A routine baseline electrocardiogram is necessary to detect conduction disorders, rhythm disturbances, in addition to abnormalities related to pericarditis, left ventricular failure, and/or right heart failure.

• Renal disease and scleroderma renal crisis

To prevent the risk of acute renal injury, hydration should be optimized and nephrotoxic therapy should be avoided whenever possible. Special caution is advised for iodinated contrast media. Hemoglobin levels should be maintained high enough to promote good renal perfusion without excessively increasing blood viscosity to promote microcirculatory flow.

In the pre-anesthesia work-up, particular attention should be paid to ensuring that the blood pressure is normal, as patients with recent scleroderma that has been evolving for less than 3–5 years, especially diffuse cutaneous forms, are at higher risk of scleroderma renal crisis. A formula count, renal function with urea and creatinine, plasma ionogram, liver workup, coagulation workup, blood type, and proteinuria should also be performed.

Intubation risk assessment and airway preparation

Scleroderma skin damage frequently affects the face and can lead to nasal refinement and thus a reduction in the size of the nasal fossae, which can hinder the progress of an intubation tube inserted into a nostril. Skin damage will also reduce the mouth opening, which may be further reduced if there is fibrosis of the temporomandibular joint. It is therefore necessary to anticipate these intubation difficulties and to ensure that mask ventilation will not be a problem beforehand. Thinner intubation tubes should also be used if necessary. We recommend, when possible, in anticipation of a scheduled surgery, such as for dental care, physiotherapy to open the mouth in the previous month, which can result in a gain of 5–10 mm of mouth opening.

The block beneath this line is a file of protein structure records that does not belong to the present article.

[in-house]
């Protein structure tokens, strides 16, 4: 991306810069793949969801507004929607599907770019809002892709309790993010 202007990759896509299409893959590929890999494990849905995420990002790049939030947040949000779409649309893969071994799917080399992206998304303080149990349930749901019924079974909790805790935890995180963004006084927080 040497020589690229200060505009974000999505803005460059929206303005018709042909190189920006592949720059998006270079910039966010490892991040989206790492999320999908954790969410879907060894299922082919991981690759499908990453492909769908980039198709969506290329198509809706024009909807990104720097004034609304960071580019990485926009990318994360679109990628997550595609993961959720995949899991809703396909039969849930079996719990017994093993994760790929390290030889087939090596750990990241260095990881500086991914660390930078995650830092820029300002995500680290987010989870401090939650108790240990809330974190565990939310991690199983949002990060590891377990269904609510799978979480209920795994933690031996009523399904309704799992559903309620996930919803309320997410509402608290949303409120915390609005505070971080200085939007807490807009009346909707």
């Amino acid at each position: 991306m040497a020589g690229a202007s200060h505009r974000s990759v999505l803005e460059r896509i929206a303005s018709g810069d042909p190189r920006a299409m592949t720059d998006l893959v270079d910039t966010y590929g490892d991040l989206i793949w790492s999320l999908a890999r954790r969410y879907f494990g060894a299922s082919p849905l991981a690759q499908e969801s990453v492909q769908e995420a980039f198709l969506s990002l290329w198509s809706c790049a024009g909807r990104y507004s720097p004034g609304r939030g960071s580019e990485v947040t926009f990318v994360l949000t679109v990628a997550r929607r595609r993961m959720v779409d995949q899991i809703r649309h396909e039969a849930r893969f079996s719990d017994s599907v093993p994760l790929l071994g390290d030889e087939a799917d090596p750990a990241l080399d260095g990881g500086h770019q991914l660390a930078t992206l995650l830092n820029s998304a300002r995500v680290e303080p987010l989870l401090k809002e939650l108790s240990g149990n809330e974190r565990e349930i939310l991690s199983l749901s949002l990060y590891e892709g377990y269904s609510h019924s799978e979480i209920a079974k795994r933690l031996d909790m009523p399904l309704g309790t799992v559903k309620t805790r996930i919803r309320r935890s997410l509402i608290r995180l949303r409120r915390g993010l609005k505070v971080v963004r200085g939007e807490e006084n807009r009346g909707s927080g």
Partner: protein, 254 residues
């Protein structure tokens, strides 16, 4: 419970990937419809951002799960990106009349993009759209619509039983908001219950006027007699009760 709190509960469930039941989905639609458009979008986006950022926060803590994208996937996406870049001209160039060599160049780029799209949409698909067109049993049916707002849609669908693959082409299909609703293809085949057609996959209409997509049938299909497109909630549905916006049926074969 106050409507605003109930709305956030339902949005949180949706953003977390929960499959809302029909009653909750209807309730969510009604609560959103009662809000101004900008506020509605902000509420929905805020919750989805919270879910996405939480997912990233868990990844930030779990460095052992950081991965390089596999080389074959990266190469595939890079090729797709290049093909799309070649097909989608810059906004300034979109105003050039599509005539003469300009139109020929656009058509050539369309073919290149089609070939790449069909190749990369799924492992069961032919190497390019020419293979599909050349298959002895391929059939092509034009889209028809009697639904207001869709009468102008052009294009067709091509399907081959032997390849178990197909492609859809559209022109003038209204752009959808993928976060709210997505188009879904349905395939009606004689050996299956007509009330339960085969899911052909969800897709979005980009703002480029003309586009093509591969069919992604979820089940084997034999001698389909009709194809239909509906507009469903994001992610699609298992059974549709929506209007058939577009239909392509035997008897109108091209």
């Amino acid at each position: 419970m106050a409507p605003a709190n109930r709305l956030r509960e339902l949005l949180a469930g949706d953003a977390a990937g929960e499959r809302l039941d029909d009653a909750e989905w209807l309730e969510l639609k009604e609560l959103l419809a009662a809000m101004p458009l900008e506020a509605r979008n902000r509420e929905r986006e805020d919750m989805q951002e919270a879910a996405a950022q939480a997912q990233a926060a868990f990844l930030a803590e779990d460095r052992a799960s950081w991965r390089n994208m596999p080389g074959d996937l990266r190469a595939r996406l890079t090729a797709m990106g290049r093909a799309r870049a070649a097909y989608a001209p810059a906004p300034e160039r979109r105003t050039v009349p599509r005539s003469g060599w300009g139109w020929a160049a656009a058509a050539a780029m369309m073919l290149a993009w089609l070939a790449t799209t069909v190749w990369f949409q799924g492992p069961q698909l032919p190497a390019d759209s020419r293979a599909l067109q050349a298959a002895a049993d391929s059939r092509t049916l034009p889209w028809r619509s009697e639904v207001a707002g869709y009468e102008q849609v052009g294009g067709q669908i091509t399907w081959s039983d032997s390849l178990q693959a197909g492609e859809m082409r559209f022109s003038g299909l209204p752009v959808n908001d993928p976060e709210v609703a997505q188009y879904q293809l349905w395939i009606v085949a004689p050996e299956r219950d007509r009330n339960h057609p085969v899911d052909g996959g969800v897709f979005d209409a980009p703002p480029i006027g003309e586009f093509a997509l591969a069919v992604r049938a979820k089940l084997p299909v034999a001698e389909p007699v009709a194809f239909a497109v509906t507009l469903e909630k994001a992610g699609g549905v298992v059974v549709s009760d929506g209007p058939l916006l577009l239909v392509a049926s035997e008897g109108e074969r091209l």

If, in a preoperative context, passage through the mouth appears difficult, any passage of an intubation tube through the nose must be done with great care because scleroderma patients may have telangiectasias of the mucous membranes, particularly of the upper aerodigestive tract, with a risk of bleeding during the progression of the tube. Decubitus intubation may also be hampered by frequent gastroesophageal reflux due to the cardiac gap. This implies the pre-anesthetic control of gastric emptying by ultrasound, even in case of prolonged preoperative fasting. Hyperextension of the head can also be difficult due to cutaneous sclerosis of the neck and can therefore limit visibility by obstructing the passage of the laryngoscope.